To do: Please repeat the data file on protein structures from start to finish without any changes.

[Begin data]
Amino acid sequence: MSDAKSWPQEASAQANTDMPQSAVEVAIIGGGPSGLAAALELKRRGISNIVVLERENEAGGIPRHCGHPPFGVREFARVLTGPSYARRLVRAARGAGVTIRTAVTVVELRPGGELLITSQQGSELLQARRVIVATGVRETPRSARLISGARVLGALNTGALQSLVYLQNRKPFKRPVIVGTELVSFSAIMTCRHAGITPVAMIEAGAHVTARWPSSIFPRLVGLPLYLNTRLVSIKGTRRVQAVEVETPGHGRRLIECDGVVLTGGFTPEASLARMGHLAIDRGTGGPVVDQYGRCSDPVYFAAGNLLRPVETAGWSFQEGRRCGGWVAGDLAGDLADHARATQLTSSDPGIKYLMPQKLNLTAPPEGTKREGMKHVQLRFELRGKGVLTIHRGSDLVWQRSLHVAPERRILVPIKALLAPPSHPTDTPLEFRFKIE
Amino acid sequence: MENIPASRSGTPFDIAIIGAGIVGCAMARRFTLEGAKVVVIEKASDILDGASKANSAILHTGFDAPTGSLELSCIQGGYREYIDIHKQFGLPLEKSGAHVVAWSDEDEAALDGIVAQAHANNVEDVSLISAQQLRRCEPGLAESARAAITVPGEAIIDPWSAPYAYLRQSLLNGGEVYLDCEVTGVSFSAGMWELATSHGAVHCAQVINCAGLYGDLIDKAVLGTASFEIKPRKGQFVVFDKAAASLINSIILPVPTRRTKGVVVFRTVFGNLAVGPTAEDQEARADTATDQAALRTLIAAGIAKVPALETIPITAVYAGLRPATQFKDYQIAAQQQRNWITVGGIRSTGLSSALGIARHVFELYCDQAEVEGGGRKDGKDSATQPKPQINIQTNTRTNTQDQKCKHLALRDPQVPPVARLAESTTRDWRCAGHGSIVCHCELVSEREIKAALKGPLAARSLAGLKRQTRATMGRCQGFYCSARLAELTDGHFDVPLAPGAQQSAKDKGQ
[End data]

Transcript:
Amino acid sequence: MSDAKSWPQEASAQANTDMPQSAVEVAIIGGGPSGLAAALELKRRGISNIVVLERENEAGGIPRHCGHPPFGVREFARVLTGPSYARRLVRAARGAGVTIRTAVTVVELRPGGELLITSQQGSELLQARRVIVATGVRETPRSARLISGARVLGALNTGALQSLVYLQNRKPFKRPVIVGTELVSFSAIMTCRHAGITPVAMIEAGAHVTARWPSSIFPRLVGLPLYLNTRLVSIKGTRRVQAVEVETPGHGRRLIECDGVVLTGGFTPEASLARMGHLAIDRGTGGPVVDQYGRCSDPVYFAAGNLLRPVETAGWSFQEGRRCGGWVAGDLAGDLADHARATQLTSSDPGIKYLMPQKLNLTAPPEGTKREGMKHVQLRFELRGKGVLTIHRGSDLVWQRSLHVAPERRILVPIKALLAPPSHPTDTPLEFRFKIE
Amino acid sequence: MENIPASRSGTPFDIAIIGAGIVGCAMARRFTLEGAKVVVIEKASDILDGASKANSAILHTGFDAPTGSLELSCIQGGYREYIDIHKQFGLPLEKSGAHVVAWSDEDEAALDGIVAQAHANNVEDVSLISAQQLRRCEPGLAESARAAITVPGEAIIDPWSAPYAYLRQSLLNGGEVYLDCEVTGVSFSAGMWELATSHGAVHCAQVINCAGLYGDLIDKAVLGTASFEIKPRKGQFVVFDKAAASLINSIILPVPTRRTKGVVVFRTVFGNLAVGPTAEDQEARADTATDQAALRTLIAAGIAKVPALETIPITAVYAGLRPATQFKDYQIAAQQQRNWITVGGIRSTGLSSALGIARHVFELYCDQAEVEGGGRKDGKDSATQPKPQINIQTNTRTNTQDQKCKHLALRDPQVPPVARLAESTTRDWRCAGHGSIVCHCELVSEREIKAALKGPLAARSLAGLKRQTRATMGRCQGFYCSARLAELTDGHFDVPLAPGAQQSAKDKGQ